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FiveThirtyEight

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The elevator doors open and he drops her. She falls to her knees, and then to the floor, but her feet prevent the doors from closing. The man is holding the woman’s purse as he tries to move her unconscious body out of the way using his feet, but she won’t budge. He tries picking her up again, but unconscious bodies can be heavy, even for a 5-foot-8, 208-pound running back in the National Football League. Then the video ends.

That video, showing the aftermath of an altercation between Ray Rice and his then-girlfriend (now wife), Janay Palmer, made the rounds this NFL offseason as if it were a Zapruder film. Prompted by the video and an arrest, NFL commissioner Roger Goodell suspended Rice, a star running back for the Baltimore Ravens, for two games, citing personal interviews with Rice and Palmer and the league’s personal conduct policy.

But the punishment felt incommensurate with the crime. “It’s a joke, and a bad one,” ESPNW columnist Jane McManus wrote. How was it possible that Rice was given two games, many exclaimed, when players had been suspended six games for cheating on a test for performance-enhancing drugs (PEDs) and entire seasons for repeatedly smoking marijuana?

“We can’t just make up the discipline,” Goodell said at a press conference after issuing Rice’s suspension. “It has to be consistent with other cases and it was consistent with other cases.”

On Thursday, Goodell announced a new discipline policy. In a letter to all 32 team owners obtained by ESPN, Goodell wrote that the league fell short in its treatment of the Rice case. “Effective immediately, violations of the Personal Conduct Policy regarding assault, battery, domestic violence or sexual assault that involve physical force will be subject to a suspension without pay of six games for a first offense, with consideration given to mitigating factors, as well as a longer suspension when circumstances warrant.” (This will not affect Rice’s current suspension.) A second offense will result in a ban from the league, with the opportunity to apply for reinstatement after one year.

A six-game suspension, according to data collected by FiveThirtyEight, would be four times what the average suspension has been for domestic violence and an unprecedented consequence for a first offense of any kind. The ban from the league after a repeat offense would be the harshest punishment for all second-time offenders.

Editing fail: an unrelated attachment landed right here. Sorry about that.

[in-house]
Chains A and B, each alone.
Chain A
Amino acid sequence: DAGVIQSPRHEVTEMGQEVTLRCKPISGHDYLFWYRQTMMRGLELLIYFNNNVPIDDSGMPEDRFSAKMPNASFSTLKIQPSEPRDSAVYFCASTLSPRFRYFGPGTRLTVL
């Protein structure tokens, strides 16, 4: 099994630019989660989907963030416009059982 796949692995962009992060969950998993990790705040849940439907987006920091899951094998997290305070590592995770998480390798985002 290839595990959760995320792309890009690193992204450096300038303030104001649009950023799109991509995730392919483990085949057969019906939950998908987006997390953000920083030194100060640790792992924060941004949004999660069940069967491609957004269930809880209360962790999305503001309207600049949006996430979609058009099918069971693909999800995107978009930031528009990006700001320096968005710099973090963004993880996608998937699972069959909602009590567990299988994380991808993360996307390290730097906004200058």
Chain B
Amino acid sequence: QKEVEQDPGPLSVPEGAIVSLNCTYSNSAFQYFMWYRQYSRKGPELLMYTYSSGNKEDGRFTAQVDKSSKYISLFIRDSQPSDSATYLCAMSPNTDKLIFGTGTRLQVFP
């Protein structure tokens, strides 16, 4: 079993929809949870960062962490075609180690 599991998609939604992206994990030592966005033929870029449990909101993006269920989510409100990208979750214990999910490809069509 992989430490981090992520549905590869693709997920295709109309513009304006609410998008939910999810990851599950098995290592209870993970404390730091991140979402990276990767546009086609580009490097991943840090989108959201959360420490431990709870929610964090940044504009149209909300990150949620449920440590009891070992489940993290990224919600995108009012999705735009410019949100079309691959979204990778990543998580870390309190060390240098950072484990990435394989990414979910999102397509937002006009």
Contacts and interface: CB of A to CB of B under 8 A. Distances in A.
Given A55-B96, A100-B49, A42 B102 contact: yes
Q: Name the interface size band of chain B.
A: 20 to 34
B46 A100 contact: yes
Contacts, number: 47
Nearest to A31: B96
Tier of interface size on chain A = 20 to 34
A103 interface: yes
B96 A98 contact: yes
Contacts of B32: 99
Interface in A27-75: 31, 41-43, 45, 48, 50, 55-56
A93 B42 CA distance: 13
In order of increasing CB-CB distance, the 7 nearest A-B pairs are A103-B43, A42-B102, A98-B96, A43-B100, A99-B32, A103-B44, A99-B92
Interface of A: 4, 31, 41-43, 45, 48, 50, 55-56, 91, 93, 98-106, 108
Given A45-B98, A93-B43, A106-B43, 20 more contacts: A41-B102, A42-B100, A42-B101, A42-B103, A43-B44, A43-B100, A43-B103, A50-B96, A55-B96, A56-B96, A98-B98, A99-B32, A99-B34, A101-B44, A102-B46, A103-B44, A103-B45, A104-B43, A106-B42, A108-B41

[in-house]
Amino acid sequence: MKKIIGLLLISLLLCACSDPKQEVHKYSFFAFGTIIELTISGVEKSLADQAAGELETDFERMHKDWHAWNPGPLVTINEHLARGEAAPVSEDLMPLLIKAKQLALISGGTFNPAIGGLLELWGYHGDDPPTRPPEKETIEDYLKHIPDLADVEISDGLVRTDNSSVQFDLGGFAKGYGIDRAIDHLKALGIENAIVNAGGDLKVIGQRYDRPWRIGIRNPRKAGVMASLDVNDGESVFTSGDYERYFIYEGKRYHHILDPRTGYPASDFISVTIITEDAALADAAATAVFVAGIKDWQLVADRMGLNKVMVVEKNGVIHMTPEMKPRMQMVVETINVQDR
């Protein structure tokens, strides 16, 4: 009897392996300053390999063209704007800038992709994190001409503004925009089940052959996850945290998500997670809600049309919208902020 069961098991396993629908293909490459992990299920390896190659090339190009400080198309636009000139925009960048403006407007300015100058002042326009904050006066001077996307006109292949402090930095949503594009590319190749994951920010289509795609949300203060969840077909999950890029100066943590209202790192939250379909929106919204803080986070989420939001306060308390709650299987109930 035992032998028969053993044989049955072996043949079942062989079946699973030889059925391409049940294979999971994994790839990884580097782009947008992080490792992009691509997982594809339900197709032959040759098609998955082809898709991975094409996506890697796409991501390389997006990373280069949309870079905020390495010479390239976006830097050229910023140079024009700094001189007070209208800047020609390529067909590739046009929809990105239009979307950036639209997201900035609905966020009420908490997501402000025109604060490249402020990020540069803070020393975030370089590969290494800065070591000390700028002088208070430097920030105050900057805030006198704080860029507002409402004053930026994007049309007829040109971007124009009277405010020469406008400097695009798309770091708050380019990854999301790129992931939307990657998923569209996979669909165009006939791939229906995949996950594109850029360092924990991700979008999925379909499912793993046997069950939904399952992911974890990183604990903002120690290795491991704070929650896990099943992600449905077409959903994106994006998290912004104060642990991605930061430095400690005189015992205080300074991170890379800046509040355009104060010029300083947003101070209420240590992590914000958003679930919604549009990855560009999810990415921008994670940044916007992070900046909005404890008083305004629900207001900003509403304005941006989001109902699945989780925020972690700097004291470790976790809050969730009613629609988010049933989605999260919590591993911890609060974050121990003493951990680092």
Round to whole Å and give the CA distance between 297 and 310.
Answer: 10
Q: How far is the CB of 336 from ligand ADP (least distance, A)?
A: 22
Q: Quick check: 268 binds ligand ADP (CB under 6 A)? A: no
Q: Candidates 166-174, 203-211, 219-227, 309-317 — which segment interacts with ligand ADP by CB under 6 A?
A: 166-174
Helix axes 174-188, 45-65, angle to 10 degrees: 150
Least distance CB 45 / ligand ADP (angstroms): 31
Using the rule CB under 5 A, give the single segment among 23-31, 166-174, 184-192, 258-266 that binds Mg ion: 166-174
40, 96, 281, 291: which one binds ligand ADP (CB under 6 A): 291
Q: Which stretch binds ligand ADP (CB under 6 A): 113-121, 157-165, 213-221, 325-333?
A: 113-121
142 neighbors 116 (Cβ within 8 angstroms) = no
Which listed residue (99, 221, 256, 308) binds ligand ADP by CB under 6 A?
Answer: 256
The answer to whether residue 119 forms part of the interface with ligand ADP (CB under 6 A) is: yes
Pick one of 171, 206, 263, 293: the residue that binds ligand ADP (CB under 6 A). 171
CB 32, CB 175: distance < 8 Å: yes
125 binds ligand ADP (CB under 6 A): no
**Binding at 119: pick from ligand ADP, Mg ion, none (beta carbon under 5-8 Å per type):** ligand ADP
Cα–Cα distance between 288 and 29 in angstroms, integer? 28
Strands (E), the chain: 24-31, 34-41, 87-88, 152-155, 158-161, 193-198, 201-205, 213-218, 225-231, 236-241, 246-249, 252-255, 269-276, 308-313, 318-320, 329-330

Following the Rice incident, I went looking for every NFL suspension1 issued in the league’s 94-year history. I wanted to understand how violations like Rice’s, the ones unrelated to steroid or substance abuse, were determined. If domestic abuse warranted two games, what kinds of conduct violations warranted five games? Eight games? An entire season? I assumed that someone — if not the governing body itself — must keep track of every player suspended, why he was suspended, and the length of the suspension. I was wrong.

When I contacted the NFL, a spokeswoman, Darlene Capiro, responded by email, “We do not have a comprehensive list.” Several of my colleagues at ESPN and Grantland who report on the NFL were unaware of any complete data set. The ESPN Stats & Information group also did not have this information in its entirety, only selected incidents. A spokesman for the NFL Players Association, George Atallah, said the union had at least some of the data but did not provide it after repeated requests.

And so I cobbled it together myself, with the help of the San Diego Union-Tribune’s NFL arrests database, a Wikipedia list dating back to 1947, and the Spotrac suspension tracker.2 I found 263 incidents in that process, and verified suspensions using news reports,3 while making note of the reason for the suspension and the number of games the player ultimately missed.4 The data isn’t perfect, but it’s a good start.

Once I’d categorized the offenses and the corresponding games missed, I had hard evidence of what many already suspected: The NFL’s punishment of personal conduct violations has been inconsistent and on average less harsh than its punishment of drug offenses.

mccann-feature-nflsuspensions-1